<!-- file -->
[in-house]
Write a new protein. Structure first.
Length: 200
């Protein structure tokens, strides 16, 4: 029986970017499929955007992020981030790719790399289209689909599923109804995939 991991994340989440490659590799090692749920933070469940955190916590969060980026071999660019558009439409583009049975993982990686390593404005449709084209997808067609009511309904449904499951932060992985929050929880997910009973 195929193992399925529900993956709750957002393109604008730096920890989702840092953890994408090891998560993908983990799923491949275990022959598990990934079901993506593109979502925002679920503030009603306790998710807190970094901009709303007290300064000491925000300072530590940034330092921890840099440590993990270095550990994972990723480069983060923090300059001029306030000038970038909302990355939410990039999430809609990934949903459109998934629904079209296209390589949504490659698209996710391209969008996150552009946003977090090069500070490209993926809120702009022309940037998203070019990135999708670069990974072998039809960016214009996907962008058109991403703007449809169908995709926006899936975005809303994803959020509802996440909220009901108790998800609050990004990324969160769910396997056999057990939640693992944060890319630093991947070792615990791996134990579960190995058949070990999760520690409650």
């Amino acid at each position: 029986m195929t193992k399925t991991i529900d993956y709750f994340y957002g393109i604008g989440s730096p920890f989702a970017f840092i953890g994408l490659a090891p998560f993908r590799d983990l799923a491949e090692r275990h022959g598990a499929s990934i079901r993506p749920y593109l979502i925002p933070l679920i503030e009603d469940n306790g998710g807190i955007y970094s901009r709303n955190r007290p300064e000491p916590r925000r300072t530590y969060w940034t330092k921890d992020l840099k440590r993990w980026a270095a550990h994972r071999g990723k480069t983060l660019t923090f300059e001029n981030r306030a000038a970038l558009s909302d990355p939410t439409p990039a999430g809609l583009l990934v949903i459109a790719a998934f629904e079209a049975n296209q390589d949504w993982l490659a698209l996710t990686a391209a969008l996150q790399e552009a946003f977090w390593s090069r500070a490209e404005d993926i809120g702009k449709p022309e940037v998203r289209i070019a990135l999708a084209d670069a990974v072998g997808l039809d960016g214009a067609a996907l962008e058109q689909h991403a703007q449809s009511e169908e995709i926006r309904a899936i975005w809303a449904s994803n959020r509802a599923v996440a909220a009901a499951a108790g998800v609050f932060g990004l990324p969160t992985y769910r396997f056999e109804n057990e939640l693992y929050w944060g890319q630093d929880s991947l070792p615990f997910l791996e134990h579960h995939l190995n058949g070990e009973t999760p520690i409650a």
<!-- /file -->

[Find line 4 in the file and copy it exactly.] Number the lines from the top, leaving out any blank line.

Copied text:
């Protein structure tokens, strides 16, 4: 029986970017499929955007992020981030790719790399289209689909599923109804995939 991991994340989440490659590799090692749920933070469940955190916590969060980026071999660019558009439409583009049975993982990686390593404005449709084209997808067609009511309904449904499951932060992985929050929880997910009973 195929193992399925529900993956709750957002393109604008730096920890989702840092953890994408090891998560993908983990799923491949275990022959598990990934079901993506593109979502925002679920503030009603306790998710807190970094901009709303007290300064000491925000300072530590940034330092921890840099440590993990270095550990994972990723480069983060923090300059001029306030000038970038909302990355939410990039999430809609990934949903459109998934629904079209296209390589949504490659698209996710391209969008996150552009946003977090090069500070490209993926809120702009022309940037998203070019990135999708670069990974072998039809960016214009996907962008058109991403703007449809169908995709926006899936975005809303994803959020509802996440909220009901108790998800609050990004990324969160769910396997056999057990939640693992944060890319630093991947070792615990791996134990579960190995058949070990999760520690409650």